’Poor kid successfully fights way to top university
A student from a poor family in Hebei province, who scored high on college entrance exams and was admitted to one of the country’s top universities, has refused all financial aid that swarmed in after his plight was reported by media.
Pang Zhongwang, 18, a high school graduate in Cangzhou, scored 684 out of 750 points on China’s national college entrance examination.
He has been admitted by Tsinghua University and is expected to receive the school’s letter of admission around Monday, according to Fan Hongqi, vice-president of Wuqiao High School where Pang graduated.
"Before I came to visit his home three years ago, nobody knew his family faced so many difficulties," said Li Ying, one of Pang’s teachers.
His father, who is schizophrenic, can only do simple manual work, while his mother’s lower limbs are disabled and she must be taken care of by his grandparents.
"You can’t see one piece of decent furniture or appliance at his home," said a reporter surnamed Zhou with a local newspaper who visited Pang’s family on Thursday.
"It’s hard to imagine that such an excellent boy grew up in such a difficult situation, for which he definitely deserved special bonus scores," Zhou said.
The bonus scores Zhou mentioned were 60 points, provided by Tsinghua University, which has a special program for outstanding students from rural areas. Under the program, Pang can be enrolled at a score 60 points lower than a normal enrollment line.
"Even without the bonus, his score ranks first in Cangzhou, which has about 30,000 graduates this year," Li said.
Zhou was lucky to have met him, because Pang is occupied with teaching physics classes as a part-time job during his summer vacation, striving to earn the tuition fees for his first semester at Tsinghua.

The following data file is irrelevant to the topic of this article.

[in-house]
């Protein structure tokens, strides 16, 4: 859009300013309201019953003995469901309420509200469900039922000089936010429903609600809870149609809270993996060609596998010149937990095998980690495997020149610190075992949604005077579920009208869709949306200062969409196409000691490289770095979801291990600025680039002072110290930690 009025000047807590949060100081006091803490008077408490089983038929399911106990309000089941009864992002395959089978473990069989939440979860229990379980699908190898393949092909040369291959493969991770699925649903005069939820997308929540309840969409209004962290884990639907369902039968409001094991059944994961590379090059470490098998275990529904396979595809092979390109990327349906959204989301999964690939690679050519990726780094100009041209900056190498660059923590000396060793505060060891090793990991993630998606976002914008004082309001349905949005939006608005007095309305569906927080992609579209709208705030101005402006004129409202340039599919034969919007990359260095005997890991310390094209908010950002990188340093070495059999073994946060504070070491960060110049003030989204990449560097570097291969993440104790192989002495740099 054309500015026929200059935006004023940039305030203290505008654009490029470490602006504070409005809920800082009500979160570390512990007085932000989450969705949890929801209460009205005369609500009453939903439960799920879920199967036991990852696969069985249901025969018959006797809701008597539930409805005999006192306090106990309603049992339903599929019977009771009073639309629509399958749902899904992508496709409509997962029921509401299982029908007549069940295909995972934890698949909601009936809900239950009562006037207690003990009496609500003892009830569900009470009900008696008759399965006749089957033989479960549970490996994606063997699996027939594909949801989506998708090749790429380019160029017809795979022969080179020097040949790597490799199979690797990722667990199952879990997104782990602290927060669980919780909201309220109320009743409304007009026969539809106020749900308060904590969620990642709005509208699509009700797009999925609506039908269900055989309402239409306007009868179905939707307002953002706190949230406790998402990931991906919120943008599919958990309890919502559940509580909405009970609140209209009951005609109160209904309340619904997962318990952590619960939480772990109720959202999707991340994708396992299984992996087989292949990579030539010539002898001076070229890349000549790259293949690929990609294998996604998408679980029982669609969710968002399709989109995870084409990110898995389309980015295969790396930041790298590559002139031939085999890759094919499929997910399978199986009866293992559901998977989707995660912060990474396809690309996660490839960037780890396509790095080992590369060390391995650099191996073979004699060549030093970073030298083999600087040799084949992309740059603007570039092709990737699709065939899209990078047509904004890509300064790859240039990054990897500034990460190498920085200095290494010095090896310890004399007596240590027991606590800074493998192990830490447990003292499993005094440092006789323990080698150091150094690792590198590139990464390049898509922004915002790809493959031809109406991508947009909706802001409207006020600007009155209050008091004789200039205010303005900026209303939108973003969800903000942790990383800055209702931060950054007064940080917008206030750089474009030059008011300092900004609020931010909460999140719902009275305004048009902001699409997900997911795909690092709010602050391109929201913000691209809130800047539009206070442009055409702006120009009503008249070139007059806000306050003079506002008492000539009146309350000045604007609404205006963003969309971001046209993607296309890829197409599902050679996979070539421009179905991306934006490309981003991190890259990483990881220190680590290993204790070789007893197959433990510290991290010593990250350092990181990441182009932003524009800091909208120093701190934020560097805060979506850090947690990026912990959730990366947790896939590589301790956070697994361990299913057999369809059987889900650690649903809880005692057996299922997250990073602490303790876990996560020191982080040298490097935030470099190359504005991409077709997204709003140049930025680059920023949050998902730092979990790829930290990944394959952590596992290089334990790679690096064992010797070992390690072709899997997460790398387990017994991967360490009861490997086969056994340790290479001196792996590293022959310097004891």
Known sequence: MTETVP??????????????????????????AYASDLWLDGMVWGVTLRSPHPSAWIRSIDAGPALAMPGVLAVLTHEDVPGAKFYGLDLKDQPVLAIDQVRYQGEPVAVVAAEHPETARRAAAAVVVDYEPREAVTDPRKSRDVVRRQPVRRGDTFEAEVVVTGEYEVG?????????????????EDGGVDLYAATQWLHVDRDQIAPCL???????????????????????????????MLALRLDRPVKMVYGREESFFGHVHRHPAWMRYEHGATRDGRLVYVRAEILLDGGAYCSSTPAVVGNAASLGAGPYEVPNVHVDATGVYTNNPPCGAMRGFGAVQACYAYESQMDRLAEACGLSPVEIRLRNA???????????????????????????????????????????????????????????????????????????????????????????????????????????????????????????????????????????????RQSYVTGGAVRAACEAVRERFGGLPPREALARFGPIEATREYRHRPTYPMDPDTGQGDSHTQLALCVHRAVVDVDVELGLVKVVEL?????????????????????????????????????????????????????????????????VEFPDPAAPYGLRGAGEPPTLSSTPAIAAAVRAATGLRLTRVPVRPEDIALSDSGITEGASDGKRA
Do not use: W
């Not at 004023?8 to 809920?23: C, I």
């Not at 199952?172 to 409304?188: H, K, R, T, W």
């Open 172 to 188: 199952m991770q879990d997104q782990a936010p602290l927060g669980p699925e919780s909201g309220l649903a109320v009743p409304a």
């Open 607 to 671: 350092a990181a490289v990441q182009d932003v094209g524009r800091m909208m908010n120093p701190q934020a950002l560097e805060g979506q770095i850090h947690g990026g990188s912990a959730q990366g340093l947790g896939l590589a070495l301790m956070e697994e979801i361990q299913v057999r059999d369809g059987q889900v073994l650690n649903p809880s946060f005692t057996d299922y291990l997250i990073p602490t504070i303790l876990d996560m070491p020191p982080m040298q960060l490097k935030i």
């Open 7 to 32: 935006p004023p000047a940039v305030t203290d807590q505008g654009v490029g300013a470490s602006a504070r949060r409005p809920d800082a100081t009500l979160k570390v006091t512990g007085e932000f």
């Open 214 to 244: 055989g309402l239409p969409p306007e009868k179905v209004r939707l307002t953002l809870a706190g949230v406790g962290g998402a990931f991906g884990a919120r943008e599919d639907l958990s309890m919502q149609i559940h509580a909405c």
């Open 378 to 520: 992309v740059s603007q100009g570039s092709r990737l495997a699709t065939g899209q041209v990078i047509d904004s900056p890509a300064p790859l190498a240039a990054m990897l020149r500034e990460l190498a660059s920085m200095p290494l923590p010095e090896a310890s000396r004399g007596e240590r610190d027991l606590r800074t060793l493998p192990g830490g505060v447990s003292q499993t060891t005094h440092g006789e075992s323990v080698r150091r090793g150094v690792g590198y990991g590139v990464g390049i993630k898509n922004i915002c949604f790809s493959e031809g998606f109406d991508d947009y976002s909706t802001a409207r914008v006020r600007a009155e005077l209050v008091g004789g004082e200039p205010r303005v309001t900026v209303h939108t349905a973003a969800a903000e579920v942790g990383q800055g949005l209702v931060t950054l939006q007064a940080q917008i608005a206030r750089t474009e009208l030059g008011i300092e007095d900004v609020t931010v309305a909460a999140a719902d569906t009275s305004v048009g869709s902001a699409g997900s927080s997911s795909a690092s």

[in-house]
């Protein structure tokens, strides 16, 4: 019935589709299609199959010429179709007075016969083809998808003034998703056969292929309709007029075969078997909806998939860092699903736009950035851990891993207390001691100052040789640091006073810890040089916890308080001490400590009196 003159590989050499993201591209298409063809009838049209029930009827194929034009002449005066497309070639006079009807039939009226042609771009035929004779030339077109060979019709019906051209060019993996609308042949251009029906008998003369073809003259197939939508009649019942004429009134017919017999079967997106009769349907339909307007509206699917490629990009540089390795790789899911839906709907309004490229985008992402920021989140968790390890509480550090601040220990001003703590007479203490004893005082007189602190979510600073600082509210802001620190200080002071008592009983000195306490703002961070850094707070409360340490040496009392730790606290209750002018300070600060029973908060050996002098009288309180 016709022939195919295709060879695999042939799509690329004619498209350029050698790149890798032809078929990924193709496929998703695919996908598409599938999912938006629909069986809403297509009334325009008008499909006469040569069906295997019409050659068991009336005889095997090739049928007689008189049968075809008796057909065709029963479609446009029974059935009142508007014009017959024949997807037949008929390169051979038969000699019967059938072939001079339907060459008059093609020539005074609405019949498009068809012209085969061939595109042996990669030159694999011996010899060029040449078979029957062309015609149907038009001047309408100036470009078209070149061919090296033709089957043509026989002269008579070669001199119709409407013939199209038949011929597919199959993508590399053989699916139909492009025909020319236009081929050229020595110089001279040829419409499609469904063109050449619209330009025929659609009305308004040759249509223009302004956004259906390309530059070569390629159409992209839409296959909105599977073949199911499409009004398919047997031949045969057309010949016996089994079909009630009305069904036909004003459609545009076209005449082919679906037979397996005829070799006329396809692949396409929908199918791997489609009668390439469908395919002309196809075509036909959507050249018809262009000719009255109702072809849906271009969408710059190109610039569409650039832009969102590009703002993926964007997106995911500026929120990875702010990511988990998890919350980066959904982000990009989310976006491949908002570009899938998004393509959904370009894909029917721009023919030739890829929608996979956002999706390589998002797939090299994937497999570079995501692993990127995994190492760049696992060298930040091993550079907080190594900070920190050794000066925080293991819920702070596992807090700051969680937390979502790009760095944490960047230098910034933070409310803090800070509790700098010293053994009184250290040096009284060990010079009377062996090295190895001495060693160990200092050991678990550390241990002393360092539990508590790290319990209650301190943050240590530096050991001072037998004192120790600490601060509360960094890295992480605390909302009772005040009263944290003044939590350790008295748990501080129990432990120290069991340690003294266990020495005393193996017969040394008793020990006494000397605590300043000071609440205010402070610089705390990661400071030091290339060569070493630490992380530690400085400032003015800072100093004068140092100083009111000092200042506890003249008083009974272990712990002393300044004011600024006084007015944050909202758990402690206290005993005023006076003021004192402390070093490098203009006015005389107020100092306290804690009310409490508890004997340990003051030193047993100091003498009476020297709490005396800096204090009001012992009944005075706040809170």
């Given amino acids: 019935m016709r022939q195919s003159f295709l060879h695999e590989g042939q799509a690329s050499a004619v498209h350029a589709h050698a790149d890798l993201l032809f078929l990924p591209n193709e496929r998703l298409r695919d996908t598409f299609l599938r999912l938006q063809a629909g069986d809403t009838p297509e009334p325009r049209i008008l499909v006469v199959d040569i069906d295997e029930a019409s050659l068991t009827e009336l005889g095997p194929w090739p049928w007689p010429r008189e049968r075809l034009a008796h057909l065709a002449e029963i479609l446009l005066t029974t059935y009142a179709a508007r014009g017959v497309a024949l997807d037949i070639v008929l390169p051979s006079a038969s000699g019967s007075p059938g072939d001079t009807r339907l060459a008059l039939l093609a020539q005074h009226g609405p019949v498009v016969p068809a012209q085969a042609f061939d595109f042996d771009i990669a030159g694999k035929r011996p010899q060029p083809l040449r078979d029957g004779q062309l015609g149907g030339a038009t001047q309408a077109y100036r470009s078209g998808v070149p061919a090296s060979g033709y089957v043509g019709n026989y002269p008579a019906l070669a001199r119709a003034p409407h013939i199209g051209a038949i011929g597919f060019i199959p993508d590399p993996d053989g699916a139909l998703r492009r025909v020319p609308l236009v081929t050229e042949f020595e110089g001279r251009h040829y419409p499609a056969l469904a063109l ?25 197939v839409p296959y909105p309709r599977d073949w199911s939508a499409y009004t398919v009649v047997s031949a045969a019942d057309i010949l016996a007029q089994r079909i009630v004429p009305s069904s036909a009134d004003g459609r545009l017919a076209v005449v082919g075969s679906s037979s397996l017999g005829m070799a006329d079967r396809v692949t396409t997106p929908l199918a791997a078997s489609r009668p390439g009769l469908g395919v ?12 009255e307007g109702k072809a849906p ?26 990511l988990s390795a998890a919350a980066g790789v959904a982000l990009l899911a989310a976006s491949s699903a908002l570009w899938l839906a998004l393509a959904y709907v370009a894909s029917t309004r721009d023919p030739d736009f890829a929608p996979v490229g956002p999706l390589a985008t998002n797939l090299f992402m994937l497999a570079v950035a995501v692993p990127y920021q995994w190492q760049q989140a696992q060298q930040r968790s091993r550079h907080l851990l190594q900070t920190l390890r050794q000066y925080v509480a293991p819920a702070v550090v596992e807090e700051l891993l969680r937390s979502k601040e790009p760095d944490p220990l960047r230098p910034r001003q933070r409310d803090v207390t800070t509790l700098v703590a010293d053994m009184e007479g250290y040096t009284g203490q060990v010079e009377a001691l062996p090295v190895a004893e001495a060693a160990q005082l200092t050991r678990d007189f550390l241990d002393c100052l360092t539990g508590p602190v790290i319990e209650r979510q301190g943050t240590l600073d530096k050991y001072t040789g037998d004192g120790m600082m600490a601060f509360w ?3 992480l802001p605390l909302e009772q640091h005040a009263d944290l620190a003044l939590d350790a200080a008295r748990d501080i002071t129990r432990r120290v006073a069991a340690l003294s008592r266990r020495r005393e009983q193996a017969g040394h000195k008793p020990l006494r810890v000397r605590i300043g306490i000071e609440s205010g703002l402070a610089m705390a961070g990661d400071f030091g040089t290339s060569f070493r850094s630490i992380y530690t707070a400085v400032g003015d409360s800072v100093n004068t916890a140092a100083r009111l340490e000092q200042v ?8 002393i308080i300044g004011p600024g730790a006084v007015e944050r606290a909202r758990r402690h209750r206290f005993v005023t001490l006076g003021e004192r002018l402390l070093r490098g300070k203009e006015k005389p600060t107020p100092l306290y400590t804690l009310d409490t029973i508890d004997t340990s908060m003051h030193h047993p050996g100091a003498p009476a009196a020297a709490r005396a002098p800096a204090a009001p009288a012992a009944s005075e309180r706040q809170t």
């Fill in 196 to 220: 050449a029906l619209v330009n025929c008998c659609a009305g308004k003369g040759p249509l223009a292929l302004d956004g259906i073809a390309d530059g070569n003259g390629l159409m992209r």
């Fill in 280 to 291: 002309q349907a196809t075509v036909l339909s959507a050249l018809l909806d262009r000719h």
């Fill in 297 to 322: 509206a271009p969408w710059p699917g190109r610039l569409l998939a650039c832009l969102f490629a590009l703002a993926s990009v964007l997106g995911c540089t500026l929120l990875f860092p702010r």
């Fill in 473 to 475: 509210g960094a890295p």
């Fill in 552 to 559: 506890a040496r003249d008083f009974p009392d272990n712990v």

"My classes are full, and I don’t want to be disturbed or reported on by media," Pang was quoted as saying.
According to Li, Pang has refused all financial aid from people or social institutions who wanted to lend a hand.
"The most difficult time for me and my family has passed and I think I can live on my own right now," Pang said, adding that his school and many warmhearted people have helped him a lot during his three years in high school.
The attitude of Pang toward difficulties puts the saying "Where there’s a will, there’s a way" into practice.
He was diagnosed with congenital heart disease at 7.
Though he recovered after a surgery, Pang felt sorry because the surgery put his already-poor family into greater debt.
Since then, he started to pick up waste materials along roads after school every day and sold them to earn money.
"He is very optimistic with a strong personality," Li said.